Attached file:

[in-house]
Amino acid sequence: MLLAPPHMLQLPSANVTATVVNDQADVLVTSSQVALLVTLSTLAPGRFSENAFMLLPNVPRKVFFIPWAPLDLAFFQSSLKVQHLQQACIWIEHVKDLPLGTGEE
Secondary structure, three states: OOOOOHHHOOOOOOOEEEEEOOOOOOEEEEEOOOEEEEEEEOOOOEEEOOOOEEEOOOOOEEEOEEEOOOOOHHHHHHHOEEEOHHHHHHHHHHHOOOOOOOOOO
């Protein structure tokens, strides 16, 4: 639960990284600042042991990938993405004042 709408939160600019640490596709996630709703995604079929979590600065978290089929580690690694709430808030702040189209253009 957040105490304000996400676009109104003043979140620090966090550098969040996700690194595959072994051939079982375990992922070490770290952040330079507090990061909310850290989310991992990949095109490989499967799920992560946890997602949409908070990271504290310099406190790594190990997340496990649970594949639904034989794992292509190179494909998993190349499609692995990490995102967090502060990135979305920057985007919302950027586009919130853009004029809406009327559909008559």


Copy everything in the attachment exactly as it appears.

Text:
[in-house]
Amino acid sequence: MLLAPPHMLQLPSANVTATVVNDQADVLVTSSQVALLVTLSTLAPGRFSENAFMLLPNVPRKVFFIPWAPLDLAFFQSSLKVQHLQQACIWIEHVKDLPLGTGEE
Secondary structure, three states: OOOOOHHHOOOOOOOEEEEEOOOOOOEEEEEOOOEEEEEEEOOOOEEEOOOOEEEOOOOOEEEOEEEOOOOOHHHHHHHOEEEOHHHHHHHHHHHOOOOOOOOOO
């Protein structure tokens, strides 16, 4: 639960990284600042042991990938993405004042 709408939160600019640490596709996630709703995604079929979590600065978290089929580690690694709430808030702040189209253009 957040105490304000996400676009109104003043979140620090966090550098969040996700690194595959072994051939079982375990992922070490770290952040330079507090990061909310850290989310991992990949095109490989499967799920992560946890997602949409908070990271504290310099406190790594190990997340496990649970594949639904034989794992292509190179494909998993190349499609692995990490995102967090502060990135979305920057985007919302950027586009919130853009004029809406009327559909008559």